On the night of 17 December 1872, Martha decided to hang a dress beside the last embers of the kitchen fireplace, then went to bed. James was the last to retire at 11.30 pm, checking that everything was all right before he did so. The only fire still alight was that in the kitchen.
Between 1am and 2am, Martha awoke, and found the hotel full of smoke. Frantic, she woke up James, who went downstairs to investigate, and found the kitchen ablaze, all round the fireplace. He decided not to try to put the fire out, as he felt it was beyond that. He called out to Martha, and the couple evacuated their family and tried to save what they could of their possessions, mainly the hotel’s money box, and some furniture. Within an hour, the entire two-storey, ten-roomed building, dating from 1861, was burned to the ground. While there was no real evidence as to the cause presented at the resulting inquest, it remains local belief that Martha may have hung that dress a bit too close to the embers …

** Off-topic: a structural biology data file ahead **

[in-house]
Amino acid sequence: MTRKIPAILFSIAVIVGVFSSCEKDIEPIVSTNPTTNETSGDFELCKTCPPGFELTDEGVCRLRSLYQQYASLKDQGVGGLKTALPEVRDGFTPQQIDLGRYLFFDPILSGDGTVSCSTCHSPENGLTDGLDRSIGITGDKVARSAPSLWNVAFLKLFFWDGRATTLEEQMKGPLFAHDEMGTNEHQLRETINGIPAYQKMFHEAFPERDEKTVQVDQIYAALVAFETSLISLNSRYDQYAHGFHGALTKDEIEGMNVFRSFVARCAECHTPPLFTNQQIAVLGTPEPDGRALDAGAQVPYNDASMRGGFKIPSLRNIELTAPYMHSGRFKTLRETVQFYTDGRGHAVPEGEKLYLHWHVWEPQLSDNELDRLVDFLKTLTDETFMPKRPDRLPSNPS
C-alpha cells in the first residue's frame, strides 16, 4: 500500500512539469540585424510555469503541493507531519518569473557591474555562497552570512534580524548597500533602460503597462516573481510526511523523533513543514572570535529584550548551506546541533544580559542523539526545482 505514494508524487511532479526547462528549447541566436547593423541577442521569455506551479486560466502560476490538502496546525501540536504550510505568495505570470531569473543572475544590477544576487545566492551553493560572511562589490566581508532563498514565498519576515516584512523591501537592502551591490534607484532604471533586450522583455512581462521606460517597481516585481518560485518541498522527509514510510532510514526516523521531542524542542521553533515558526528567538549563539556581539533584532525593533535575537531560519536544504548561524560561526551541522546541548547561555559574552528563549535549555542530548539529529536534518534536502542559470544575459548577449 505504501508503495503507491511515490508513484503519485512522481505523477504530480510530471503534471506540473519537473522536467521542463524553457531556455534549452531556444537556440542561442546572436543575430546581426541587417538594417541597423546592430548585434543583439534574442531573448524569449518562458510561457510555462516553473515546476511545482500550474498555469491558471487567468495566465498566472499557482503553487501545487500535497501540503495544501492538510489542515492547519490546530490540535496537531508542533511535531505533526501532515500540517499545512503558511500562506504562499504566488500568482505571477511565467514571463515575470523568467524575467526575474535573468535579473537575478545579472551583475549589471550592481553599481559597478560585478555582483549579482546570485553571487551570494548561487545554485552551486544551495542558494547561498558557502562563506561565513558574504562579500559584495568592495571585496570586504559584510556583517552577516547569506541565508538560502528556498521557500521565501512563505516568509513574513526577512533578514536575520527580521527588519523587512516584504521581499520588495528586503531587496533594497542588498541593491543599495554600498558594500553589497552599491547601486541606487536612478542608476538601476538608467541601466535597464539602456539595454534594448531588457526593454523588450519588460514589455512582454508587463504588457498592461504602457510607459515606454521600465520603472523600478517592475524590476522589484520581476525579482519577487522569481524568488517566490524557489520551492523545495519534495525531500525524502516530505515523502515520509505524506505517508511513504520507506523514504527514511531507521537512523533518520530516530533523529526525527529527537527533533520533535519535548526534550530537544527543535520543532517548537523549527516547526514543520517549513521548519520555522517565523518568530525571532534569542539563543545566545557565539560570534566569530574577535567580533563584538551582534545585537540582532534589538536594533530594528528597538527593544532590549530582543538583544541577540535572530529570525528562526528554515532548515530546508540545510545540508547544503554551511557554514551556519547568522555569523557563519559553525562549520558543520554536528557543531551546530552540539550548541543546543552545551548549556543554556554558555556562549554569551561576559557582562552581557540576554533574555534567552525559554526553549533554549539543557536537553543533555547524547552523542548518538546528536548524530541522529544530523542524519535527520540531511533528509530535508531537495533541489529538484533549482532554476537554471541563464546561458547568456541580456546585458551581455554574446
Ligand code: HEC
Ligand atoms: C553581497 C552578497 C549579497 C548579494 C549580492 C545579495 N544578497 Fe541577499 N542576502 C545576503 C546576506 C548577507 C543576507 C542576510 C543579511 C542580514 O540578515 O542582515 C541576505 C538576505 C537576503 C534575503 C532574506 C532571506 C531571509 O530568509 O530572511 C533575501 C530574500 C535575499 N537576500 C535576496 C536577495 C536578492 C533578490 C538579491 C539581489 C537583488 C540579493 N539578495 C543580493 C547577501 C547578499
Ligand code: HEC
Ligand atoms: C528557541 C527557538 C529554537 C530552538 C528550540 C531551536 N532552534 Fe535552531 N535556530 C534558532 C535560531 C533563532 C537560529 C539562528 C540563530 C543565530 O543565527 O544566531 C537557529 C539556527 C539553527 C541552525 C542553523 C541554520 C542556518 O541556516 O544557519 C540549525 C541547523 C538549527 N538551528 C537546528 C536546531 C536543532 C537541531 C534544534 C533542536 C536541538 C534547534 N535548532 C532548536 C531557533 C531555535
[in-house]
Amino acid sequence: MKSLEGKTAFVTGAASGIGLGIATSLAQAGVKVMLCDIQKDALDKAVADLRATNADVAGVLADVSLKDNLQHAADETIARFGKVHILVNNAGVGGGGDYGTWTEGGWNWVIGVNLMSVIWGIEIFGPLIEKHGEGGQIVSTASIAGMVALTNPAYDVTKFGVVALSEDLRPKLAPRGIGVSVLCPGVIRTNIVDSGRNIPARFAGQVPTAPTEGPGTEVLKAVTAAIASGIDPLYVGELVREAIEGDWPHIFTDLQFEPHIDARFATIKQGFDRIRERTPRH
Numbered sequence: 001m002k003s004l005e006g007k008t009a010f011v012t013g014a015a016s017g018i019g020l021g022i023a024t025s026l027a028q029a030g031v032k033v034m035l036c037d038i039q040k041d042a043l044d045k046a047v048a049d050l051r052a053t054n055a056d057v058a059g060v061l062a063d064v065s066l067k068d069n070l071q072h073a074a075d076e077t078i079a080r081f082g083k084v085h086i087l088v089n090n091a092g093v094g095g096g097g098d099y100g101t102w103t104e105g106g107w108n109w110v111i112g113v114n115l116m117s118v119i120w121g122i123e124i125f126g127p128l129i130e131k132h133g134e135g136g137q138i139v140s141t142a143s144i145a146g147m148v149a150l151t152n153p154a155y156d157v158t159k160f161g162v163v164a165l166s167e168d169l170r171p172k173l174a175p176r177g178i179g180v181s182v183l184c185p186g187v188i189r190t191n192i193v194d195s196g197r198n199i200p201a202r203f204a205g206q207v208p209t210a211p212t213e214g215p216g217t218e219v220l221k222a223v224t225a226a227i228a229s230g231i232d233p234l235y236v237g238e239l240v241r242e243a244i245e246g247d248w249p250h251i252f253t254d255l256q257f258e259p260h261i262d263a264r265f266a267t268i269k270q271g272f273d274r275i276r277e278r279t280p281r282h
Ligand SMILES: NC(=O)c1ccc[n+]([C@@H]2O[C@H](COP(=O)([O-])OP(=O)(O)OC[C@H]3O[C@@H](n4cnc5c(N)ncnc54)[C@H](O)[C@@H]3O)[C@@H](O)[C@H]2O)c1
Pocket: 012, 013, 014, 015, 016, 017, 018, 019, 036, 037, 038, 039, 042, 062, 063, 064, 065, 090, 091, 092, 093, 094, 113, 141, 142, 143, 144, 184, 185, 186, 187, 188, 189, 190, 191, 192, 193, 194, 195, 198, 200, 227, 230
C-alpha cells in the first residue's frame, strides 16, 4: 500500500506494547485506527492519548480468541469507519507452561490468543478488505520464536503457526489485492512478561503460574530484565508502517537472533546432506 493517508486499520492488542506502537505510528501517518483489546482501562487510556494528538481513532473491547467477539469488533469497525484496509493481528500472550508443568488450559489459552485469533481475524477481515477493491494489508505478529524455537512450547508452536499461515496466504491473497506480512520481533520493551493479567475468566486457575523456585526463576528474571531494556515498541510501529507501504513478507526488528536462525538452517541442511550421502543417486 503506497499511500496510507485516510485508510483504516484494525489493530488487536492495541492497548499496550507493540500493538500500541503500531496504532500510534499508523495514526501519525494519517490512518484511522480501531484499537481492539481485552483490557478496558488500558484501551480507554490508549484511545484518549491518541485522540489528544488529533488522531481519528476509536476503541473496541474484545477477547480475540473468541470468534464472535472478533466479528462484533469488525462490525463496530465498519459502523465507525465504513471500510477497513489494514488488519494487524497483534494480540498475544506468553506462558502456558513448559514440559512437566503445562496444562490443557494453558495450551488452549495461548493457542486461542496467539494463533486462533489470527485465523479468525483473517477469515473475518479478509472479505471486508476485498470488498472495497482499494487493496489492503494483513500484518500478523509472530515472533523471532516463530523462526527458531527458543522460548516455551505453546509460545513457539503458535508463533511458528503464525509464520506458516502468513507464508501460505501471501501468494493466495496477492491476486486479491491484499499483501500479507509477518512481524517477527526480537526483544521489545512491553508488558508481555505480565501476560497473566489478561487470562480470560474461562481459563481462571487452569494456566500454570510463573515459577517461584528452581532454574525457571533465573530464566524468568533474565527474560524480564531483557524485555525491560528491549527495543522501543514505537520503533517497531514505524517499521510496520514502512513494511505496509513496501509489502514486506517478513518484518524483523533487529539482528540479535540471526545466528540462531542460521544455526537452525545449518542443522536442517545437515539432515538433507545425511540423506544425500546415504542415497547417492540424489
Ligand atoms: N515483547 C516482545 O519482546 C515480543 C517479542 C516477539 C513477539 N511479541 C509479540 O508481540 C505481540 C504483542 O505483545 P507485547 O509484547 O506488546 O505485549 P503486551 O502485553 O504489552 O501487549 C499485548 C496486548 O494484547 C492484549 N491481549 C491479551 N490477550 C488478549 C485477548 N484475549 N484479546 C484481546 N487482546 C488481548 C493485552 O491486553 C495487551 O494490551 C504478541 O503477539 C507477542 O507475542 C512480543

The Poppletons moved away from Avondale after that. James would come to have the Eden Vine Hotel, then a store at Henderson, before the family left for Australia, where he died in 1882 after a painful illness. Martha outlived him by a number of decades, passing away in Victoria in 1924. Today, where Martha would practice her songs and had hung her dress to dry on that December evening, you can get your teeth examined by one of the local dentists. There are no signs left of the accidental Mrs Poppleton.
By Lisa J Truttman